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. . . and Jerry Davis (Little Chicken’s Big Day). Who are these people? Might they become my new best pals? Um, not likely! Because they are sitting at tables forty feet away, surrounded by happy children, shopping grandparents, and strong-armed educators, hauling bags of books like Sherpa guides.

Best I can do is throw rocks at ‘em.

And, oh, hey, look over there, it’s Jean Craighead George. She’s only a freakin’ legend. I can’t throw rocks at Jean Craighead George. She’ll throw them back — and her arm is a bazooka.

Oh,  wait.  Here’s old friends like Mark Teague and Helen Perelman and Peter Lerangis. Can I talk to any of them? Can we hang out? Maybe shoot the breeze? Commiserate?

Nooooooo. I’m too busy signing books, meeting young readers, gabbing with families, prostrating myself before the cheerful & smiling hordes.

Writing is a solitary business, folks. And it’s frustrating for me to sit there at gorgeous Sunnyside . . .

. . . just feet away from my peerless peers, and never have a free minute to chat with them.

So my dream is for just one year, nobody comes. No book sales, no signings, no musicians, no storytellers, no-bah-dee. Just us authors, finally (finally!) enjoying a few moments when we can hang out and complain about the crappy jobs our publishers do with publicity and marketing. It’s how we bond. We bitch and moan about Kindles.

So this coming Sunday, clean the garage, watch football, wax the car. But if you insist on coming . . . click here for full details.

As always, blue skies are personally guaranteed. It never rains on my parade.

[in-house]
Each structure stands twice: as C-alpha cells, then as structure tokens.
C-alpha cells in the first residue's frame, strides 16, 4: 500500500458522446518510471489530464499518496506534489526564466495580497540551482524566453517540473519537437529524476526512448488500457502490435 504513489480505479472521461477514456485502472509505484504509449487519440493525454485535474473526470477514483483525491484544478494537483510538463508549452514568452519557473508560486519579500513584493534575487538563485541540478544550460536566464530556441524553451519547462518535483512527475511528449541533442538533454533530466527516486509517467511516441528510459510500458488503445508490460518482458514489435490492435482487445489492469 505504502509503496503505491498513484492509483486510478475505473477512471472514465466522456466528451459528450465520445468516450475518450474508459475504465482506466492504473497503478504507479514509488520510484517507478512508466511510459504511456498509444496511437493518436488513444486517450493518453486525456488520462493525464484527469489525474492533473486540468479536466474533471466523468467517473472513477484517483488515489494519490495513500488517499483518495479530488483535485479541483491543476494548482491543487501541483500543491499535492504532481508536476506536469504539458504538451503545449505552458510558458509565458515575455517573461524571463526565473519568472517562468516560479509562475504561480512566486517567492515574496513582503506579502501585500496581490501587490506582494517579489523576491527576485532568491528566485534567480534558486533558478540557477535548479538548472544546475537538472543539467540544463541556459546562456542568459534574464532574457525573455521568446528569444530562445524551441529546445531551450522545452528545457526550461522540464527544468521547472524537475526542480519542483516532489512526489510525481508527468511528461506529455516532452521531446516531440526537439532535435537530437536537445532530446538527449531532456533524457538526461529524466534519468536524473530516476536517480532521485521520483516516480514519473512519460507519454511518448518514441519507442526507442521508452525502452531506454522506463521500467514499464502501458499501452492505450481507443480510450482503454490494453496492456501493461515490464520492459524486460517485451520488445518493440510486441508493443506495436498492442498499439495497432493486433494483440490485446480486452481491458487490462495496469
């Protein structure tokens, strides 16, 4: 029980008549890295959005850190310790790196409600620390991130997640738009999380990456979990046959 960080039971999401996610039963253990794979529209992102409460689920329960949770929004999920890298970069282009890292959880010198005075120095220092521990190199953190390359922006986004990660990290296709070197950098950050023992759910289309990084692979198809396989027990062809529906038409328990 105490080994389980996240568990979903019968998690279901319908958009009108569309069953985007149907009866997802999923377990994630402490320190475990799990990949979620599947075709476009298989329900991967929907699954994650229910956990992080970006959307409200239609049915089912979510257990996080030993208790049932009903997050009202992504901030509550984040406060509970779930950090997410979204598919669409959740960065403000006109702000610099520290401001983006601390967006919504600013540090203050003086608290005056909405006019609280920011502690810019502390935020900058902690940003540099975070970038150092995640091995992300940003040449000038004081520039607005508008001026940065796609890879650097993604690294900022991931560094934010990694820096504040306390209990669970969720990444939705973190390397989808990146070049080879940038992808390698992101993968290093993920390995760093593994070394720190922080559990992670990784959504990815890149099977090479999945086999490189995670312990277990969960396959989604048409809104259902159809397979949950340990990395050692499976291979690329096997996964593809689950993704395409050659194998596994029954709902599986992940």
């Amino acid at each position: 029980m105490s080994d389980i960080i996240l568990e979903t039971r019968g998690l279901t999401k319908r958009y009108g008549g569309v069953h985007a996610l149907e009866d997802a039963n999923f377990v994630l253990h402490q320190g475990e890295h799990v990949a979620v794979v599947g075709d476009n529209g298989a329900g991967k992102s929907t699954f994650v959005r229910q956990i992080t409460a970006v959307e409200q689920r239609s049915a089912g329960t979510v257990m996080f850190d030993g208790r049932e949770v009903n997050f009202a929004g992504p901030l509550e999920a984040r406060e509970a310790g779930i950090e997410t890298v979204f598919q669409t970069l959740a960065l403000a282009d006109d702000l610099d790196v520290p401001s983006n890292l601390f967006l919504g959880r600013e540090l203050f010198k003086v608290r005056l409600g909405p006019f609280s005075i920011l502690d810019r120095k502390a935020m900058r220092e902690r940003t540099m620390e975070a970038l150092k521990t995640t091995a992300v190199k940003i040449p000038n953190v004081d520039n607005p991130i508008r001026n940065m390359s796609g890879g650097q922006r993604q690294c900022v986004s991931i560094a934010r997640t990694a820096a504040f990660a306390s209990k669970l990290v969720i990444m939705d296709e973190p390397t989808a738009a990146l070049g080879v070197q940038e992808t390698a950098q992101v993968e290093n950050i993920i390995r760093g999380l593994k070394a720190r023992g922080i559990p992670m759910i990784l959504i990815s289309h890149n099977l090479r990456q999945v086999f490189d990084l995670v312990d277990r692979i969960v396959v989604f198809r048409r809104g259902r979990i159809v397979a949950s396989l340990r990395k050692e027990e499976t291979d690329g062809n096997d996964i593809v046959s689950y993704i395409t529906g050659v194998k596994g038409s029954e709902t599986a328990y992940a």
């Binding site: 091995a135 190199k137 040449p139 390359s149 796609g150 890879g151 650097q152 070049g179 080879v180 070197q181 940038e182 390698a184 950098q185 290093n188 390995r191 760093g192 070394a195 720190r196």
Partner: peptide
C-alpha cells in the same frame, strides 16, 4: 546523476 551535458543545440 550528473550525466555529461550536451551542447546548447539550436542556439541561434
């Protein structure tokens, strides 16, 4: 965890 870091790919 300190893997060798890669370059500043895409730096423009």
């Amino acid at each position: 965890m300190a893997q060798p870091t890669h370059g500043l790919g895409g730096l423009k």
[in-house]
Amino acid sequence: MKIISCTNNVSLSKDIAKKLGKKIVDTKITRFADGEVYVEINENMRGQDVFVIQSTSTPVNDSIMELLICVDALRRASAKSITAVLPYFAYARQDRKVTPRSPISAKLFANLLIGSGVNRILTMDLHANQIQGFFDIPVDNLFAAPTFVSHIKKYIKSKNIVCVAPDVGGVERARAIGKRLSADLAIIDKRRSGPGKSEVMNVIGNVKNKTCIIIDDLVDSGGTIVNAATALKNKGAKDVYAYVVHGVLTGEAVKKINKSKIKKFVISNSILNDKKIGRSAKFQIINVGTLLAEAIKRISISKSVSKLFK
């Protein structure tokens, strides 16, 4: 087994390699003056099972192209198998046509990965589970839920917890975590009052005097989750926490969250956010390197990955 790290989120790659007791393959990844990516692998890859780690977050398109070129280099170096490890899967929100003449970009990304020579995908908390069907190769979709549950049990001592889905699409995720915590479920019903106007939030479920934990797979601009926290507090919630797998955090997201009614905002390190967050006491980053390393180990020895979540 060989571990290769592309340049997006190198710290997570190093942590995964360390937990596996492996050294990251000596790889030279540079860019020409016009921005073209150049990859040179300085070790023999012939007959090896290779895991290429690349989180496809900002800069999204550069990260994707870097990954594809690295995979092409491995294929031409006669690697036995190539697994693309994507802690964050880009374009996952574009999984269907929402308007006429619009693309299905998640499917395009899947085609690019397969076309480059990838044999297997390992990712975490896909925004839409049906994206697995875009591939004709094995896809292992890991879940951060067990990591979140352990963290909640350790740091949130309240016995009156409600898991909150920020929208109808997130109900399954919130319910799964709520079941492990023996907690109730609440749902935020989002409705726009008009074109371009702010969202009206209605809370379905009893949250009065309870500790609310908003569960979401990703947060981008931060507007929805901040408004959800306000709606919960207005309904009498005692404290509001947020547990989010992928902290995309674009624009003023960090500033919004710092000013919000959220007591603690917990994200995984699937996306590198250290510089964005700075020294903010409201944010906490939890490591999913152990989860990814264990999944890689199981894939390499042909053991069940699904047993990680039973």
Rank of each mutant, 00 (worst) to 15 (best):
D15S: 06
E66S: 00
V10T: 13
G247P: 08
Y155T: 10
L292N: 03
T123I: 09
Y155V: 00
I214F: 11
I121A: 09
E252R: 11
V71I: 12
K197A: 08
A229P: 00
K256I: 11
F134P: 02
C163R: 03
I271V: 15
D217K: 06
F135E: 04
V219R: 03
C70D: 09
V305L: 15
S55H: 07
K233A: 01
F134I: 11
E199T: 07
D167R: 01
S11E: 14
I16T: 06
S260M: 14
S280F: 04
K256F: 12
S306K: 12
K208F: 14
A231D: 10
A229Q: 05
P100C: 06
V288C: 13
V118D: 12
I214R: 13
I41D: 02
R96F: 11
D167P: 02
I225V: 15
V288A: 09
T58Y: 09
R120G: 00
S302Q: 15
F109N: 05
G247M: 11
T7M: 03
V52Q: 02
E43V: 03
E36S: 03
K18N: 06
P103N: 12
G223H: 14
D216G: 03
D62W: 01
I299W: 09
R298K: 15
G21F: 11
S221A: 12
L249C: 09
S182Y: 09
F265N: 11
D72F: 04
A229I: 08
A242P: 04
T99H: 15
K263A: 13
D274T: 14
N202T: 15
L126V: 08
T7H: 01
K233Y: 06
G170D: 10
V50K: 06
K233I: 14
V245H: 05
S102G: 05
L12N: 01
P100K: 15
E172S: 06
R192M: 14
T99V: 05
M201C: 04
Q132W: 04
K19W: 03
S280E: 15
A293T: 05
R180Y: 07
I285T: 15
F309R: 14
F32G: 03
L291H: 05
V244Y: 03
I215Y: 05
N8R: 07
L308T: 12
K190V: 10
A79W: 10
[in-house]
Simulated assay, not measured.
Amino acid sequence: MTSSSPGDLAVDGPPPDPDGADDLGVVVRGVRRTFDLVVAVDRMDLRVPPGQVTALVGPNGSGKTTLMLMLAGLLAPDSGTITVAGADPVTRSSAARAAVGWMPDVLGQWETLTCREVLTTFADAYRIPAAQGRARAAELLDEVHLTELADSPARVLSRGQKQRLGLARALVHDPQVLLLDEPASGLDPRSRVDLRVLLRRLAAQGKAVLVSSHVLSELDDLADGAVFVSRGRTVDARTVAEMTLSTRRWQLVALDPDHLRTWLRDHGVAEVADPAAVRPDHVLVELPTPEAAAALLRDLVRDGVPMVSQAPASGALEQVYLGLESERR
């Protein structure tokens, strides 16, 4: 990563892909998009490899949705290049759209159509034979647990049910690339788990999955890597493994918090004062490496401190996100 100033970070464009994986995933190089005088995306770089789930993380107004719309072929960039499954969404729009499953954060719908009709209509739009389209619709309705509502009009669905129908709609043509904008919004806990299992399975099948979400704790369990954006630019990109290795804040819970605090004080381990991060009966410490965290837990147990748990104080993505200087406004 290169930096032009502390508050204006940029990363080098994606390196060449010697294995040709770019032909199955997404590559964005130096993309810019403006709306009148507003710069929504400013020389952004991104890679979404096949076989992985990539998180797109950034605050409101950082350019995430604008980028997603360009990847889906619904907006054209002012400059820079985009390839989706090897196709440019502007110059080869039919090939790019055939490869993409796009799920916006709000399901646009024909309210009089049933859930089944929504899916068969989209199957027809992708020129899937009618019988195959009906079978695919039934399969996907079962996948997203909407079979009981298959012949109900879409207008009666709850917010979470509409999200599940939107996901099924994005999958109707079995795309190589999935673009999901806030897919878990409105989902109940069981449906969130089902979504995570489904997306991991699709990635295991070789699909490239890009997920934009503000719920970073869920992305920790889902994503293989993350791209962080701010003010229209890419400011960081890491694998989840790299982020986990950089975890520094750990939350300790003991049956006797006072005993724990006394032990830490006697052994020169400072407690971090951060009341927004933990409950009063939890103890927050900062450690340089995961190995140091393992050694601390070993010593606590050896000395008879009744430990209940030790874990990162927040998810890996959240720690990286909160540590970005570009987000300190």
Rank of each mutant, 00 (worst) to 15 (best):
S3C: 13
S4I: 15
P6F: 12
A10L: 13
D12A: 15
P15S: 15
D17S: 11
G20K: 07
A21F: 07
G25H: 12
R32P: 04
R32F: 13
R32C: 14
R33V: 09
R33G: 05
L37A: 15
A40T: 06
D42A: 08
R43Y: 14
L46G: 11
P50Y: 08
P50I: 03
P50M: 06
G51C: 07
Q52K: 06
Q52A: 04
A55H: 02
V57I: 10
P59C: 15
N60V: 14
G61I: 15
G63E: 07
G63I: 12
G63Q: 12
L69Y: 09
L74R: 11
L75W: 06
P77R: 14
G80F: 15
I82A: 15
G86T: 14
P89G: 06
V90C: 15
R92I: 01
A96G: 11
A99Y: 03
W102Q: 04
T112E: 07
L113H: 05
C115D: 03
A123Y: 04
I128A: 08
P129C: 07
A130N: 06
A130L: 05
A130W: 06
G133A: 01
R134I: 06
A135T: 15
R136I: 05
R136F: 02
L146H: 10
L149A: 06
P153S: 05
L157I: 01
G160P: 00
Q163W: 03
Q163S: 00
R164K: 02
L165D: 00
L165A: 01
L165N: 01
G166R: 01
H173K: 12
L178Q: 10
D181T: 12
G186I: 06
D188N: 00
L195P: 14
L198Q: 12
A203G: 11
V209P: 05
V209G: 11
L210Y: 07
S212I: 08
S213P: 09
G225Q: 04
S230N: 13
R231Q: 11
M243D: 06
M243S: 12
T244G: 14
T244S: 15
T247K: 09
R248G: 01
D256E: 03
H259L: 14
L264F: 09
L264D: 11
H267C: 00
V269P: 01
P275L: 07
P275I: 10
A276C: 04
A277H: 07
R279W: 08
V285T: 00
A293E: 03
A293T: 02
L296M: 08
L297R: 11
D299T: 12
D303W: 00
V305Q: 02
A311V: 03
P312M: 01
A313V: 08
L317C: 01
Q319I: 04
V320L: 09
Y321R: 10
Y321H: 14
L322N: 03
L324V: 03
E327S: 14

My Apologies to Dolly Parton

Last week, when announcing an upcoming Summer Reading Event, I made a couple of quizzical comments about Dolly Parton’s Imagination Library.

As usual with this blog, the reaction was immediate. Very quickly, nothing happened. I waited a while longer, and nothing happened all over again.

Obviously, it was time for a retraction. I’m sorry, Dolly. Sometimes my inner wiseguy gets the better of me. And yes, that sound you hear is my wife nodding in agreement.

After a comment from a friend-in-reading, I spent a few minutes researching the Dolly Parton Imagination Library. In short, it’s a wonderful charitable work, first launched in 1996, dedicated to bringing books and children together.

Read here for more information on Dolly’s great efforts on behalf of children’s literacy.

Lastly, a confession: I own a few Dolly Parton CDs. I admire when she gets serious about her bluegrass roots, and can easily recommend “Little Sparrow” and “The Grass Is Blue.” Underneath the manufactured pop image, there’s a genuine musician and, I’m sure, a good woman working to make the world a better place. Here’s Dolly singing “Mountain Angel.”

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All that said: See you Thursday, June 30th! Click for details.

Join Us for the Summer Reading Spectacular: Featuring 11 Children’s and Teen Authors, Completely Live, in Colonie, NY

This is a warning, folks. On June 30th at 7:00 PM a rugged band of children’s and YA authors will be gathering at the Barnes & Noble bookstore at Colonie Center in Colonie, NY.

That’s right, it’s time for the Summer Reading Kickoff Bookfair Spectacular . . . celebrating (wait for it) the Dolly Parton Imagination Library! Because when it comes to Dolly, the first two things anyone thinks of are reading and, erm, I forget the second thing.

So, hey, let’s put the focus on reading this summer. Bring your young readers to pick up their free Barnes & Noble Summer Reading Journal to earn a FREE BOOK and the chance to WIN A NOOK COLOR. Authors will be standing by — sitting, hopefully, on cushy chairs, under a tasteful arrangement of palm fronds — happy to autograph books. Any books.

Check out this list of authors I think will be there . . .

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Julia DeVillers * Aimee Ferris * Rose Kent * Jackie Morse Kessler

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Sarah Darer Littman * Eric Luper * James Preller * Jennifer Roy